The sun was still weak. Even by noon it had not managed to dry the ground soaked with the night’s rain. Zuzana knelt in the wet grass. She was holding her prayerbook open in her hands, though by now she knew the prayer for her dead husband by heart. Her eyes red from weeping, she stared at the great heap of earth lately raised.
  Even after much pleading, the German command staff had not allowed the parish priest to bury the Russian partisan in consecrated ground at the cemetery. The lads from the village had to dig a hole in the frozen earth directly under the mountain, right where he’d been shot. They wrapped the body in a sheet and buried it in a coffin hastily hammered together from crude boards. But the parish priest consecrated the grave nonetheless. Bolsheviks or National Socialists, we’re all equal before God, he shouted at the protesting guardsman who was observing the burial.
  When the front came through, Zuzana’s first thought was that the grave must be properly enclosed with stone borders. She knew that her mother hadn’t even a crown to contribute to the work, so she decided to go to the people in the new National Committee. All she was afraid of was that they would want to bring Alexej down below to the cemetery, or, God forbid, take him off to the Soviet Union. Here under the mountain she had him close by. She could go to him every day, and some days three times. Her mother, to be sure, was angry. She was afraid of what people would think, when Zuzana so publicly mourned her Bolshevik lover.
  But to Zuzana it was all the one. In a few weeks everybody would see that she was expecting a child. Young Alexej. For certain he’d be a boy. Alexej Alexejevitsch. She had long been searching for words to make it known to her mother.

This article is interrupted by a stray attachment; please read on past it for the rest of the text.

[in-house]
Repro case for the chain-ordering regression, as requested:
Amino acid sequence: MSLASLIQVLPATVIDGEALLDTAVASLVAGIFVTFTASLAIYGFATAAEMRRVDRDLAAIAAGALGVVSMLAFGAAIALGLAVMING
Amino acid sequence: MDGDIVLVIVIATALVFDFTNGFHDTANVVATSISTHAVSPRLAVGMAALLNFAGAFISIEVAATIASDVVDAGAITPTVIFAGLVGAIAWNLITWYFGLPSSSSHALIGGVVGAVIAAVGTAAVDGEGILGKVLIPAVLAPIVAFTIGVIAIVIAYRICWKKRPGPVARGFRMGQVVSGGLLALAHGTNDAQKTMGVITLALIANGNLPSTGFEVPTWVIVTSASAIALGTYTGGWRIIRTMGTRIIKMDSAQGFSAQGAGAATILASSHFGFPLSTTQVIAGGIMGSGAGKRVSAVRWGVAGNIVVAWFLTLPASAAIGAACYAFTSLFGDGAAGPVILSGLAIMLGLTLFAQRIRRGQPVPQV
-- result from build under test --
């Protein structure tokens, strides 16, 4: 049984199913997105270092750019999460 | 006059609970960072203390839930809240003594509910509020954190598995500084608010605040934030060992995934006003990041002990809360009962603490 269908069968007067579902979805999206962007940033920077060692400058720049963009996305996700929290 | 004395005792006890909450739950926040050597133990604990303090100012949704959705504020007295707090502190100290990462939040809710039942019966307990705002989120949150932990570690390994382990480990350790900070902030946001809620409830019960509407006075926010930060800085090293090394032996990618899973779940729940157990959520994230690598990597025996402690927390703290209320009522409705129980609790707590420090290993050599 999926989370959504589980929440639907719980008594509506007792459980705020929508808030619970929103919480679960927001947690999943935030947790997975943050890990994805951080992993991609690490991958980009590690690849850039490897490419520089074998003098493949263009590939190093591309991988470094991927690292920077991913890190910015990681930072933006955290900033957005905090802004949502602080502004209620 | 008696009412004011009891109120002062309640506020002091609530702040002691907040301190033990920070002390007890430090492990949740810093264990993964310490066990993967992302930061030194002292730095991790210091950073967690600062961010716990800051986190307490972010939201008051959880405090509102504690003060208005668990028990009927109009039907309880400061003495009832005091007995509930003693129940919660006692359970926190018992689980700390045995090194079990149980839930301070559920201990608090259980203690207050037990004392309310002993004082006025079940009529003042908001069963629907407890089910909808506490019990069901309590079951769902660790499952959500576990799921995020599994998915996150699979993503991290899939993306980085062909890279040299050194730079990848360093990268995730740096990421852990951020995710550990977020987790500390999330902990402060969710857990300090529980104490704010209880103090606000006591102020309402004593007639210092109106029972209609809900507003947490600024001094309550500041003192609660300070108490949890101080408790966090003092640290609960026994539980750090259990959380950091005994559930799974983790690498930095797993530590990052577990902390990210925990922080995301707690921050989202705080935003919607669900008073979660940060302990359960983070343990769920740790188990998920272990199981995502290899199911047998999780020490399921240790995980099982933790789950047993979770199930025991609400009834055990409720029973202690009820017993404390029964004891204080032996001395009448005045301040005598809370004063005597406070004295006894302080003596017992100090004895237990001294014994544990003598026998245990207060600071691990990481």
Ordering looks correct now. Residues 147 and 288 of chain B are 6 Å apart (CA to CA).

Zuzana blessed herself. She was about to close the prayerbook when her eye fell on the lower right-hand page, where there was a prayer for deceased parents. It occurred to her that in the name of her child she could pray for its dead father. She put one hand on her belly, as if wanting to link with the child, and firmly gripped the prayerbook with the other, because the wind was starting to puff up the pages:
  – Lord, who commanded us to honour our father and mother, have mercy on my father’s soul...
  When Zuzana was going back homewards along the slope, she noticed three men coming from the garden of her house and making towards her. Two of them were Soviet soldiers; the red on their shoulderbands glowed in the cold March sun. The third was a militiaman, a civilian in village dress with a red armband. Oh, let them not want to take Alexej somewhere away: the thought flew through her mind.
  – Are you Zuzana Lauková? – the militiaman asked, when they met in the middle of the meadow.
  – Yes, well, you know that, – Zuzana replied.
    With a contemptuous curl of his lip the man said:
  – You must give an explanation in a certain matter, come with us.